Addiction treatment programs can help people get clean of drugs or alcohol. The hard part is keeping them that way.
“You’ve got the 28-day program, and people fall out,” Tim Hastings told the selectmen. “...It’s the follow-up that’s really the shortfall.”
Hastings, a real estate agent, was unanimously appointed by the Board of Selectmen to a second stint on the town’s Prevention Council.
“I’ve been involved with addiction for over 20 years, in different capacities,” Hastings told the selectmen. “... It’s a passion of mine.”
Selectwoman Barbara Manners asked if people coming out of rehabilitation weren’t steered into a longer-term support program.
“It’s highly suggested,” Hastings said.
But many people don’t get involved in follow-up — and that can cost them dearly.
“You put it off a day, and put it off another day, and then you’re right back at it,” Hastings said.
Hastings said that with drugs like heroin and fentanyl easily available these days, substance abuse is a more difficult problem to control than it had been when he first got involved in the effort years ago.
“Things are tougher now,” he said.
There are “a lot of repeats at McDonough House,” the rehabilitation facility in Danbury, he said.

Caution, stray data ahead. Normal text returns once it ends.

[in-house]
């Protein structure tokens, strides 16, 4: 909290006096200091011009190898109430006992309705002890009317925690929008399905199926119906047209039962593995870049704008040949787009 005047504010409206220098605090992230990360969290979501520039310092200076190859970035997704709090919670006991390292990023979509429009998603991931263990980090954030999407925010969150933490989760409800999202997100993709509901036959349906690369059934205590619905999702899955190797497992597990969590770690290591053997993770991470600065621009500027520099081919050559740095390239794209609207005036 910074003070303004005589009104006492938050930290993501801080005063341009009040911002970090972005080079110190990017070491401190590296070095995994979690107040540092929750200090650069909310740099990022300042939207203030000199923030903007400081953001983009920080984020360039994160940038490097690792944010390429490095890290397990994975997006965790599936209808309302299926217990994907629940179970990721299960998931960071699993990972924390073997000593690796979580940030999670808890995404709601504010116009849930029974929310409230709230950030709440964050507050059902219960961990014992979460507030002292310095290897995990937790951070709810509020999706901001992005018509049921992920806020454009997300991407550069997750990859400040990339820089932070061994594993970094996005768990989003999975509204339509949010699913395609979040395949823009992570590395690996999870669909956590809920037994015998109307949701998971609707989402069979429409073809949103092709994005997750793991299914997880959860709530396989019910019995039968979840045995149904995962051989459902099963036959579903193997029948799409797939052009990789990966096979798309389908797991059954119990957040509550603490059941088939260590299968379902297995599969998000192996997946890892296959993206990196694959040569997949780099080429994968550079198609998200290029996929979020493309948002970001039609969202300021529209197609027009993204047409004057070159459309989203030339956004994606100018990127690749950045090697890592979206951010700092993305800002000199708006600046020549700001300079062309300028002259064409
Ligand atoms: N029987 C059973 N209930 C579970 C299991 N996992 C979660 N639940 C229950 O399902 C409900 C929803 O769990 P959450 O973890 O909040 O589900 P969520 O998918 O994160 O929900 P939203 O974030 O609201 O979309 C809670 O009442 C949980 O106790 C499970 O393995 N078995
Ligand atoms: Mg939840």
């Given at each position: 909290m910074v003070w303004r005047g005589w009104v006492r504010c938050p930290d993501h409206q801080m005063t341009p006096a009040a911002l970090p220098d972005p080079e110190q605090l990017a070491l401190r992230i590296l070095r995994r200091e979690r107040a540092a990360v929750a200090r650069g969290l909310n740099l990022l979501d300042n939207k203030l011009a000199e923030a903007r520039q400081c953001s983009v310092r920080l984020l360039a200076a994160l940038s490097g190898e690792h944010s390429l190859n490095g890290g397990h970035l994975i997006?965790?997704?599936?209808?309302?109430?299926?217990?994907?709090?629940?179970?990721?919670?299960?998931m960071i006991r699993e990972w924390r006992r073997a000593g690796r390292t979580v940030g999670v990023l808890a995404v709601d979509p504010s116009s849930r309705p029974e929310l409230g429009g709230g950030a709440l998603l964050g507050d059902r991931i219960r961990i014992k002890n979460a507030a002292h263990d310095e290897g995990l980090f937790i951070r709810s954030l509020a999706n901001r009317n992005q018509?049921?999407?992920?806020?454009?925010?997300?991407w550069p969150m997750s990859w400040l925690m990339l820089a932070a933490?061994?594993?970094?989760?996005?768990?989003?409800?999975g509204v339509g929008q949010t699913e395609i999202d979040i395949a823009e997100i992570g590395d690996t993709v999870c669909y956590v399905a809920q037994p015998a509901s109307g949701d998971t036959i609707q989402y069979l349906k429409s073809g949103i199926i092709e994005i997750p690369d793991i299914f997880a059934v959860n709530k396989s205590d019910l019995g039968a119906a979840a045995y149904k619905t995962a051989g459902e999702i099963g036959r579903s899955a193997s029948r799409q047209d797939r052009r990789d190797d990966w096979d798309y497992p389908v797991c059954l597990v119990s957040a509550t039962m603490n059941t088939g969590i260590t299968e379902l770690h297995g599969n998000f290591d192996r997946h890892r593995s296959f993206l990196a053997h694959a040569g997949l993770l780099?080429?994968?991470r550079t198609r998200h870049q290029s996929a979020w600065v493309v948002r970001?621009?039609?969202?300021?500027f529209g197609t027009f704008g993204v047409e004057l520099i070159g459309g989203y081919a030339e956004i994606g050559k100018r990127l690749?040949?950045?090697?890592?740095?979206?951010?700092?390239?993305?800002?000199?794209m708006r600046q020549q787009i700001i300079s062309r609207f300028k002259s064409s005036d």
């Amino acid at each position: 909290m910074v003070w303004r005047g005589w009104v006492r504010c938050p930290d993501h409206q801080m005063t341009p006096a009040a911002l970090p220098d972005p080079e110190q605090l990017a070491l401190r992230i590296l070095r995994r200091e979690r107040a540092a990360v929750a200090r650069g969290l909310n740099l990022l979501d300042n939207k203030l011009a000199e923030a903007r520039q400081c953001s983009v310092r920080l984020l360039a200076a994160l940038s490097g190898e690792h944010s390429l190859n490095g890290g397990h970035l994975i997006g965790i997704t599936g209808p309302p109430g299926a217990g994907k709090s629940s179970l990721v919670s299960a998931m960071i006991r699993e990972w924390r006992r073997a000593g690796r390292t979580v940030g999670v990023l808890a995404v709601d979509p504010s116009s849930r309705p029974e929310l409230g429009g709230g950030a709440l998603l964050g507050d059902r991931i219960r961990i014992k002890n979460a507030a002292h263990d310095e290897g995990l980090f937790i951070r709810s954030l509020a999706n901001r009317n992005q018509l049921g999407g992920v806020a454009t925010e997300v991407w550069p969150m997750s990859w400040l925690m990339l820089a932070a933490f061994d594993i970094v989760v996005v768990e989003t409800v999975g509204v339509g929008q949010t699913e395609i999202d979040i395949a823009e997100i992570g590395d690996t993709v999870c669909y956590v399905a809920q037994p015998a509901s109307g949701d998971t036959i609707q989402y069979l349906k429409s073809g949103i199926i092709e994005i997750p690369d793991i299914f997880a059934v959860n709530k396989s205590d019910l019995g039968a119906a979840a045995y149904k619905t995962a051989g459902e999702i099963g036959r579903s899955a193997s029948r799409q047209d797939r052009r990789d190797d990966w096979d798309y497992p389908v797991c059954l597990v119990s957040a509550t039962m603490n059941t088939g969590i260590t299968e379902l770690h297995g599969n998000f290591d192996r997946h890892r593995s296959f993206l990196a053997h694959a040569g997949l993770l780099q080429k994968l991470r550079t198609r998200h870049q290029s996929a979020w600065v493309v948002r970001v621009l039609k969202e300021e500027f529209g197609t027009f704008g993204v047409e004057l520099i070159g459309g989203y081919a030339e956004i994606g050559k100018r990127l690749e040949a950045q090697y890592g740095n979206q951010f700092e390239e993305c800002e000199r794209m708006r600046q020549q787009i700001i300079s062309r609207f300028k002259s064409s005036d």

As for what the high school is doing in the way of prevention work, Hasting didn’t sound impressed.
“They don’t do enough,” he told the selectmen.
As far as teaching to young people about the dangers of drugs, he recommended guest speakers of an age the kids can relate to.
“I’d bring in 19, 20, 21-year-old people,” he said. “They’re not going to listen to me, I’m an old man.”
He added, “Maybe bring in young people out of prison.”
Today’s world is tough for young people to navigate, and drug and alcohol problems are one of the symptoms of a society pervaded by anxiety.
First Selectmen Rudy Marconi recalled seeing a report on the problems that bring students to school nurses’ offices.
“Over 50% are mental,” he said. “They really don’t have a physical illness.”
Another aspect of the problem, Marconi said, is a society too quick to offer pills as a solution.
“When someone comes in and uses a word like ‘depression’ and ‘anxiety’ — you’ll have a prescription in 15 minutes,” he said.
Hastings said he’d worked in fund-raising efforts that Prevention Council does in collaboration with the Boys and Girls Club.
“The carnival we do is a big fund-raiser,” he said.
The selectmen voted unanimously on April 17 to appoint Hastings to serve once again on the Prevention Council and help fight the inroads drugs and alcohol are making into the Ridgefield community.
The Prevention Council is an 11-member town agency with seats for nine adults and two students members. With Hastings’ appointment there are eight adults and one student on the council — leaving room for one more of each.